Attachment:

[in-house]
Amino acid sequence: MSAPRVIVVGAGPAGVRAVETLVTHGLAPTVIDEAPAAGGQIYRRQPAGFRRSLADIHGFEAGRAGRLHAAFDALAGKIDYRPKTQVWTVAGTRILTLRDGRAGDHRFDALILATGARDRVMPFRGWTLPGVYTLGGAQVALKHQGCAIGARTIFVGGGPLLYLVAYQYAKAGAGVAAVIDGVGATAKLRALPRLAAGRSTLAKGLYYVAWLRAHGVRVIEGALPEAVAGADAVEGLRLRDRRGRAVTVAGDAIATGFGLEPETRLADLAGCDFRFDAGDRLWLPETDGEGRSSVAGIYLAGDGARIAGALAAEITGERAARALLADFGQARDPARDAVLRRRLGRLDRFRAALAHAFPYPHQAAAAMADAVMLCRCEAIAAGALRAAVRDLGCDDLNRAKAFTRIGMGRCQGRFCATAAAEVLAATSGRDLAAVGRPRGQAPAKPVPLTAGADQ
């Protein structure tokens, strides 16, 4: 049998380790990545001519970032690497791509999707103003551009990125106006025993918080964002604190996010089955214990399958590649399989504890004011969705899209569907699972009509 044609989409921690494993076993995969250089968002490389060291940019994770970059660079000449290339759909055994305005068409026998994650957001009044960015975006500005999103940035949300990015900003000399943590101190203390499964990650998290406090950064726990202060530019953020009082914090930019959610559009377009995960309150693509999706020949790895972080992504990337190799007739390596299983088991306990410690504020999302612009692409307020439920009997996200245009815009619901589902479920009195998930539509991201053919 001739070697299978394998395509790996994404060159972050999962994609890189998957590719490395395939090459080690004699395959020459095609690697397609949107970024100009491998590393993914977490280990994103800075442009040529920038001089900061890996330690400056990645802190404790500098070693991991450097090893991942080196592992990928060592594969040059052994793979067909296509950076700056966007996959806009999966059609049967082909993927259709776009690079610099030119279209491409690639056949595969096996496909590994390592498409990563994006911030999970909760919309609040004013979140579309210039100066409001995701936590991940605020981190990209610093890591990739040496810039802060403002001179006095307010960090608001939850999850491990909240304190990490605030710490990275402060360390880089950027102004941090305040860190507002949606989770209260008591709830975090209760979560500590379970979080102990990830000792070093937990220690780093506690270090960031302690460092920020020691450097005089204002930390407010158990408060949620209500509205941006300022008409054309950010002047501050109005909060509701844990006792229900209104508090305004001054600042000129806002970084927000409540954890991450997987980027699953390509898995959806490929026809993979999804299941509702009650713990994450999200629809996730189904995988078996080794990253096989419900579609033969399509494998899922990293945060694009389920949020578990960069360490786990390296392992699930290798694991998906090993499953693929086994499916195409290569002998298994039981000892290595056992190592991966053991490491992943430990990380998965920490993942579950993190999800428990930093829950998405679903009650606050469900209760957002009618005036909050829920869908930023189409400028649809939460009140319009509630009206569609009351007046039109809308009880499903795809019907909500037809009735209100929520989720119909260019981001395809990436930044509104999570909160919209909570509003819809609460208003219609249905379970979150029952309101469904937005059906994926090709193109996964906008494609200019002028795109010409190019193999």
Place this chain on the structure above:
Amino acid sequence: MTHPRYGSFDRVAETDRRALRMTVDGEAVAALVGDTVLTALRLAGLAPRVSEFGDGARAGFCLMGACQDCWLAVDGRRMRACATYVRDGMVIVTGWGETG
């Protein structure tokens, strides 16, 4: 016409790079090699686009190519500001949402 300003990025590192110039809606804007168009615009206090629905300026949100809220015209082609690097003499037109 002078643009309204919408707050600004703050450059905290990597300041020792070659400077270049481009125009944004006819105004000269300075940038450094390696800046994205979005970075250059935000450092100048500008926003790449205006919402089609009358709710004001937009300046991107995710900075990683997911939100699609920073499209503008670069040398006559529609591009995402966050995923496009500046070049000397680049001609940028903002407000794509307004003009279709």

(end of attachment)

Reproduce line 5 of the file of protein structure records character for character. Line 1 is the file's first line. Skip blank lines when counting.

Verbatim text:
Amino acid sequence: MTHPRYGSFDRVAETDRRALRMTVDGEAVAALVGDTVLTALRLAGLAPRVSEFGDGARAGFCLMGACQDCWLAVDGRRMRACATYVRDGMVIVTGWGETG